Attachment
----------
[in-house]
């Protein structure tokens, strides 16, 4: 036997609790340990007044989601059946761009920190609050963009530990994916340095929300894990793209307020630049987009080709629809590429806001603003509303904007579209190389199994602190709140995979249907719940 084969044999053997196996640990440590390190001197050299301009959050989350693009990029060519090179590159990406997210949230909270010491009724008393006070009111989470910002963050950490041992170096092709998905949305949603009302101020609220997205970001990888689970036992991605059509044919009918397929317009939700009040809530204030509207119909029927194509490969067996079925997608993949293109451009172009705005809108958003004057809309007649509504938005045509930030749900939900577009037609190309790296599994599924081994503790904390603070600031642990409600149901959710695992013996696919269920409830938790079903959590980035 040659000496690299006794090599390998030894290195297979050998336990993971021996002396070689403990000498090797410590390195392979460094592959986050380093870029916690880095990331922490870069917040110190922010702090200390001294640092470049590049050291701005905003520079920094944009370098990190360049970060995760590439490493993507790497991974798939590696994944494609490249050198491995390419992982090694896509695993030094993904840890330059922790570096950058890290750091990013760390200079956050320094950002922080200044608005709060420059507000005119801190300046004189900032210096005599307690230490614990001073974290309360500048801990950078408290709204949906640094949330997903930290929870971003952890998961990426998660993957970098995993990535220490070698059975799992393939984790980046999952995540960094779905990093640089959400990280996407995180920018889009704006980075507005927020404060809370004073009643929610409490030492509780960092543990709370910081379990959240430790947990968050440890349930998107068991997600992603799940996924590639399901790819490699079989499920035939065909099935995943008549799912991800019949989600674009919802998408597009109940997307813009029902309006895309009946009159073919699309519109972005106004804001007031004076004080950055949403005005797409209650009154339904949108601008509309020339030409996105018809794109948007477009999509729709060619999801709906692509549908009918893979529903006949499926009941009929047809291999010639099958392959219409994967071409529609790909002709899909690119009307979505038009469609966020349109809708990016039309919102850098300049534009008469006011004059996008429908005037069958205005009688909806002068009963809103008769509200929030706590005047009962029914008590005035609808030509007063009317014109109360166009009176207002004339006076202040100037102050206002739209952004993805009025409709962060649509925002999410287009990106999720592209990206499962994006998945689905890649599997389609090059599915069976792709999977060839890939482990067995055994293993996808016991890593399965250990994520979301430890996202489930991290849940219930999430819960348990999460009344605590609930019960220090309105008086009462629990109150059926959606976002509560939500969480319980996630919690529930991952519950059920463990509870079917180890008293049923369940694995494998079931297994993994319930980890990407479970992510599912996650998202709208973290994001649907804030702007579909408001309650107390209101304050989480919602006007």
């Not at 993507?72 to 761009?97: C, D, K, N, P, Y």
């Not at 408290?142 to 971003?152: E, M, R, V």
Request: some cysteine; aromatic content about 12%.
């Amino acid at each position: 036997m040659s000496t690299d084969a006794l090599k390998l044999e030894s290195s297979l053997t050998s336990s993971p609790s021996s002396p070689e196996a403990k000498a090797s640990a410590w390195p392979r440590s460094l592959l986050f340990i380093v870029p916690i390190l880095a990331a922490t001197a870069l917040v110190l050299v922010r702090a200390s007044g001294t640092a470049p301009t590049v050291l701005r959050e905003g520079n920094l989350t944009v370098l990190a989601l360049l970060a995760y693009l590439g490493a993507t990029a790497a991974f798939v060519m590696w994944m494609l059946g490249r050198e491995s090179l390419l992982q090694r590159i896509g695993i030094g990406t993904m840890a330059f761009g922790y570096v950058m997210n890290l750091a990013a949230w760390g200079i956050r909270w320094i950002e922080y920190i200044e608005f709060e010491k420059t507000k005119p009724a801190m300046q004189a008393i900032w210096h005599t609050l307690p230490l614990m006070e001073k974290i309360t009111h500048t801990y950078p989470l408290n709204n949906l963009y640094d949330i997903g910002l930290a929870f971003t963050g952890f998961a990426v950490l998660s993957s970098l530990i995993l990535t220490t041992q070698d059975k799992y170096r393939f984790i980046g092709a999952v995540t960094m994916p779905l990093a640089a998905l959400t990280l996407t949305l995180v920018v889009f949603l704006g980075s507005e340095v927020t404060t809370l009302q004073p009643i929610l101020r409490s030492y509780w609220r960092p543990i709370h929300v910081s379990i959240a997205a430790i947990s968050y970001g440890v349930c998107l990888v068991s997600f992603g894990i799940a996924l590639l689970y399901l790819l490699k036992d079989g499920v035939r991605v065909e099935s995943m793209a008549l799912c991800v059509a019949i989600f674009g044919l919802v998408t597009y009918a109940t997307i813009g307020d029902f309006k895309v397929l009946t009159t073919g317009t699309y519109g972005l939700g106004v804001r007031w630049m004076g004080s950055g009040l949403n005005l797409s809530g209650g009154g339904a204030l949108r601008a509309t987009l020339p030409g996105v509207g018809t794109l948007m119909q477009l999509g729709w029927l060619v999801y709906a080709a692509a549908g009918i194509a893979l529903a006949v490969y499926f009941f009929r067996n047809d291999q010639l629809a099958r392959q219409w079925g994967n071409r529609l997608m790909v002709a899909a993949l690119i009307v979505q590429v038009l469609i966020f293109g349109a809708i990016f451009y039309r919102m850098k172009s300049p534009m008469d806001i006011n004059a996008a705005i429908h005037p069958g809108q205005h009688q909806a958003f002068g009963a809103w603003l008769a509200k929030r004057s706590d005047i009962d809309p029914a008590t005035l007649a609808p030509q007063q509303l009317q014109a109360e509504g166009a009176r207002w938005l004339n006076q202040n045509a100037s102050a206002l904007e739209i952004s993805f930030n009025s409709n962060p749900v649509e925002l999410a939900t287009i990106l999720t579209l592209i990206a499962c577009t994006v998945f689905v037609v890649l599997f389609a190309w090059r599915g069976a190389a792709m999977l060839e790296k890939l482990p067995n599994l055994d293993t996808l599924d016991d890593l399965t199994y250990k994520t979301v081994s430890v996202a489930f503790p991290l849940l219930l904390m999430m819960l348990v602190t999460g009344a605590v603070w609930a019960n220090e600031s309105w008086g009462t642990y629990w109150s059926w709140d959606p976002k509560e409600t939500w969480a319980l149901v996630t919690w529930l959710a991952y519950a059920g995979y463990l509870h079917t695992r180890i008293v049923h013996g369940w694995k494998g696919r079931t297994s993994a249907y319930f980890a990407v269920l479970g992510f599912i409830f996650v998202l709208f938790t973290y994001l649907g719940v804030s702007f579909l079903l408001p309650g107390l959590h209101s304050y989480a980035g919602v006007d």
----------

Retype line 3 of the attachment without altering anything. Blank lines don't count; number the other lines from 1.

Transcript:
């Not at 993507?72 to 761009?97: C, D, K, N, P, Y």